Several genes with specific expression in germ cells show aberrant activation in different types of tumors. These genes, termed cancer-germline (CG) genes, encode tumor-specific antigens, which represent potential targets for therapeutic vaccination against cancer. The germline-specific gene BORIS (Brother Of the Regulator of Imprinted Sites), which encodes an 11-zinc-fingers transcriptional regulator, was recently qualified as a new CG gene, as it was found to be activated in a variety of tumor samples. Moreover, it was suggested that BORIS might be responsible for the activation of most other CG genes, including gene MAGE-A1, in tumors. In the present study, we evaluated the frequency of BORIS activation in melanoma by quantitative RT-PCR. BORIS activation was detected in 27% (n = 63) melanoma tissue samples. Surprisingly, many melanoma samples expressed MAGE-A1 and other CG genes in the absence of BORIS activation, suggesting that BORIS is not an obligate factor for activation of these genes in melanoma. Consistently, forced expression of BORIS in melanoma cell lines did not induce expression of MAGE-A1. Our results indicate that BORIS may serve as a useful target for immunotherapy of melanoma. However, it appears that BORIS is neither necessary nor sufficient for the activation of other CG genes.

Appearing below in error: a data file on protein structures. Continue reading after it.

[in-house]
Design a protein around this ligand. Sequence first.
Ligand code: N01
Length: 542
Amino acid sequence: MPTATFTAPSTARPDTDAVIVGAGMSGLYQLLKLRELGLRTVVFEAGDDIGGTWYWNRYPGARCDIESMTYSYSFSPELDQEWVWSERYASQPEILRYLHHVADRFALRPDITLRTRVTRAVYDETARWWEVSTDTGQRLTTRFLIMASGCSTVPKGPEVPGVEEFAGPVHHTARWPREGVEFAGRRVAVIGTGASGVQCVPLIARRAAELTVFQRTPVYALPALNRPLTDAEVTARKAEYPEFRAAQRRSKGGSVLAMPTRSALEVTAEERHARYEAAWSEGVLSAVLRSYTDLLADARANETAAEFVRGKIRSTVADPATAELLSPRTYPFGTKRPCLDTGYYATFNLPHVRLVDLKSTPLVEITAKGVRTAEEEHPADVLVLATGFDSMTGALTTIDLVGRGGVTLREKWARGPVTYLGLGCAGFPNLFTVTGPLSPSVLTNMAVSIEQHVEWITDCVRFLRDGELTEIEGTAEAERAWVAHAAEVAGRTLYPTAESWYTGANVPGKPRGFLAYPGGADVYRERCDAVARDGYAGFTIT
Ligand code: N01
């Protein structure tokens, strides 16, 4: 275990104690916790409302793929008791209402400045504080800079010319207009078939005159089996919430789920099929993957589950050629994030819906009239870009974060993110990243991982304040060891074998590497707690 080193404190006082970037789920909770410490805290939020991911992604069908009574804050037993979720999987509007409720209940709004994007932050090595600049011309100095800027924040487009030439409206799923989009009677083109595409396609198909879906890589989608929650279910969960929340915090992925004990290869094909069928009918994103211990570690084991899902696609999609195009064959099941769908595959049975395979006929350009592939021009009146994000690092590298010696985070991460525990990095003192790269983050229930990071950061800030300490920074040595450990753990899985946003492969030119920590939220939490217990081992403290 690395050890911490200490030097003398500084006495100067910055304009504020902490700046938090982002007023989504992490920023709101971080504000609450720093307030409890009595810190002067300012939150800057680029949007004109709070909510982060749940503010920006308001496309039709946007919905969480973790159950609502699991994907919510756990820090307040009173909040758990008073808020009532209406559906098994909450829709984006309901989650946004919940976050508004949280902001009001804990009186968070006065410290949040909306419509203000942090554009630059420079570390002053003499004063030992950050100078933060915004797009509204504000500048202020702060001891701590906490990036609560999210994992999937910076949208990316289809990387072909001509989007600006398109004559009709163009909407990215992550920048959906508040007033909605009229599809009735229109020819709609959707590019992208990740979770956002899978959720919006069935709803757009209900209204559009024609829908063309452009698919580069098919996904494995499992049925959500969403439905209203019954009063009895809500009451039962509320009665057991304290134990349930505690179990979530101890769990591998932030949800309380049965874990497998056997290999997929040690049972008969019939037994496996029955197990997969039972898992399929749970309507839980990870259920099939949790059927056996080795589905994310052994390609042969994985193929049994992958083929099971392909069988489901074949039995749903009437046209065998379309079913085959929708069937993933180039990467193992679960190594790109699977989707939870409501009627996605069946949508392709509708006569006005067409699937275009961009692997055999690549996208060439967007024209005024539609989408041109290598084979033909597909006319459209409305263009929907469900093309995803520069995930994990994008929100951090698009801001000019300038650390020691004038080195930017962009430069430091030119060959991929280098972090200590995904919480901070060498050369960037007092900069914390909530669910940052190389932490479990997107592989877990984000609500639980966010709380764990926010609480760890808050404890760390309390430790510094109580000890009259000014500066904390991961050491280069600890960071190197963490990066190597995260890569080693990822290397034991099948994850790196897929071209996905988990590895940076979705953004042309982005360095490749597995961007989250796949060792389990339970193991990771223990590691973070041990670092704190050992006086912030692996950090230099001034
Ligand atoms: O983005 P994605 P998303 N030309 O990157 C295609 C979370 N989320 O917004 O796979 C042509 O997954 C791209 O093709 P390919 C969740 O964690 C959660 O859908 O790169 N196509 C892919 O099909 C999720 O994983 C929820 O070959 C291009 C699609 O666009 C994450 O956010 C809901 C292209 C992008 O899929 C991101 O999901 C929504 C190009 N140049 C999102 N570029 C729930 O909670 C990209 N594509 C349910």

(c) 2007 Wiley-Liss, Inc.